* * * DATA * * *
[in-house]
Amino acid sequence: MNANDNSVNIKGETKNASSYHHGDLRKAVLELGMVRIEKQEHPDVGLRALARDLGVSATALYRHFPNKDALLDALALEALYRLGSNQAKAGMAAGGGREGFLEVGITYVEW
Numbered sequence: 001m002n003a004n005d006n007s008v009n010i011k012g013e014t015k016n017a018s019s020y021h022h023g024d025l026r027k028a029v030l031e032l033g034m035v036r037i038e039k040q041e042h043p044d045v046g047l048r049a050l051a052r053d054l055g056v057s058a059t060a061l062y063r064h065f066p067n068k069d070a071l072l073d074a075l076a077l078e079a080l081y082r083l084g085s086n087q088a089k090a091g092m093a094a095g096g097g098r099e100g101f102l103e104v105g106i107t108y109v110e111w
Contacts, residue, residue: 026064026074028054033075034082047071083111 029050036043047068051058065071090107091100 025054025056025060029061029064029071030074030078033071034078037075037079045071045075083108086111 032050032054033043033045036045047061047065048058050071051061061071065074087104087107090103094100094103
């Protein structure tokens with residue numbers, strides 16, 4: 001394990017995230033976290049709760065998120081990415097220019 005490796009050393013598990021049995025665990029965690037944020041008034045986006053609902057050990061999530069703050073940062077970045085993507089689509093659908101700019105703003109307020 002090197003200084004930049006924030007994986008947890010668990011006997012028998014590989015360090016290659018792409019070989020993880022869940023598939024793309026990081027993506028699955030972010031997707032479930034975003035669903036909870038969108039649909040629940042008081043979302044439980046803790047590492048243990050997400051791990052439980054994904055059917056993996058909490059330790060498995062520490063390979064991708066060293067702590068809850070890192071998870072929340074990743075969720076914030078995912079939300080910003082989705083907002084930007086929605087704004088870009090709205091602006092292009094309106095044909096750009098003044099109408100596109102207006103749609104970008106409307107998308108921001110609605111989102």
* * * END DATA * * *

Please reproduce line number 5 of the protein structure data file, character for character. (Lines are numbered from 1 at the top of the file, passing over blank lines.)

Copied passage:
């Protein structure tokens with residue numbers, strides 16, 4: 001394990017995230033976290049709760065998120081990415097220019 005490796009050393013598990021049995025665990029965690037944020041008034045986006053609902057050990061999530069703050073940062077970045085993507089689509093659908101700019105703003109307020 002090197003200084004930049006924030007994986008947890010668990011006997012028998014590989015360090016290659018792409019070989020993880022869940023598939024793309026990081027993506028699955030972010031997707032479930034975003035669903036909870038969108039649909040629940042008081043979302044439980046803790047590492048243990050997400051791990052439980054994904055059917056993996058909490059330790060498995062520490063390979064991708066060293067702590068809850070890192071998870072929340074990743075969720076914030078995912079939300080910003082989705083907002084930007086929605087704004088870009090709205091602006092292009094309106095044909096750009098003044099109408100596109102207006103749609104970008106409307107998308108921001110609605111989102």